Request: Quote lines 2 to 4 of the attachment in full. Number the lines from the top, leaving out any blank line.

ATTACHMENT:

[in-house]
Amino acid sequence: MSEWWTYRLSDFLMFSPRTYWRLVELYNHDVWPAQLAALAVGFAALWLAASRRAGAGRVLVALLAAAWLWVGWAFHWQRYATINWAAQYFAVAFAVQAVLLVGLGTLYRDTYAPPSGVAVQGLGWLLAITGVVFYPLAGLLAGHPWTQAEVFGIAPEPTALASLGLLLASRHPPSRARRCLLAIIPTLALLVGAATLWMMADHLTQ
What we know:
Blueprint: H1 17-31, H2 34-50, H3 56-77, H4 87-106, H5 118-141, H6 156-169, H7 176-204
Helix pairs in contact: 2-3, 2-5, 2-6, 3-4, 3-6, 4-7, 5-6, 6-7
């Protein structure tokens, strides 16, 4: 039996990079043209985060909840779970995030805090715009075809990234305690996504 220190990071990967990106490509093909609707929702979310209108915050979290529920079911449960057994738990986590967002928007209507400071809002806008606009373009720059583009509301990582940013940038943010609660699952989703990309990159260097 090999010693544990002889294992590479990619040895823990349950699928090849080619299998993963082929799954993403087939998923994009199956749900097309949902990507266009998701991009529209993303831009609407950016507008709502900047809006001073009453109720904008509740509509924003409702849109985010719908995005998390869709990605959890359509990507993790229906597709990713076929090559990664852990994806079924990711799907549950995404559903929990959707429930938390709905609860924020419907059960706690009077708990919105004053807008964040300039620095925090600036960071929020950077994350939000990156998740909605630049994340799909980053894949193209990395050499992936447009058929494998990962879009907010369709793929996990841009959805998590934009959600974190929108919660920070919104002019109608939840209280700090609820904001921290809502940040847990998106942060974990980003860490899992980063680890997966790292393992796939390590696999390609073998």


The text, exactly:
Amino acid sequence: MSEWWTYRLSDFLMFSPRTYWRLVELYNHDVWPAQLAALAVGFAALWLAASRRAGAGRVLVALLAAAWLWVGWAFHWQRYATINWAAQYFAVAFAVQAVLLVGLGTLYRDTYAPPSGVAVQGLGWLLAITGVVFYPLAGLLAGHPWTQAEVFGIAPEPTALASLGLLLASRHPPSRARRCLLAIIPTLALLVGAATLWMMADHLTQ
What we know:
Blueprint: H1 17-31, H2 34-50, H3 56-77, H4 87-106, H5 118-141, H6 156-169, H7 176-204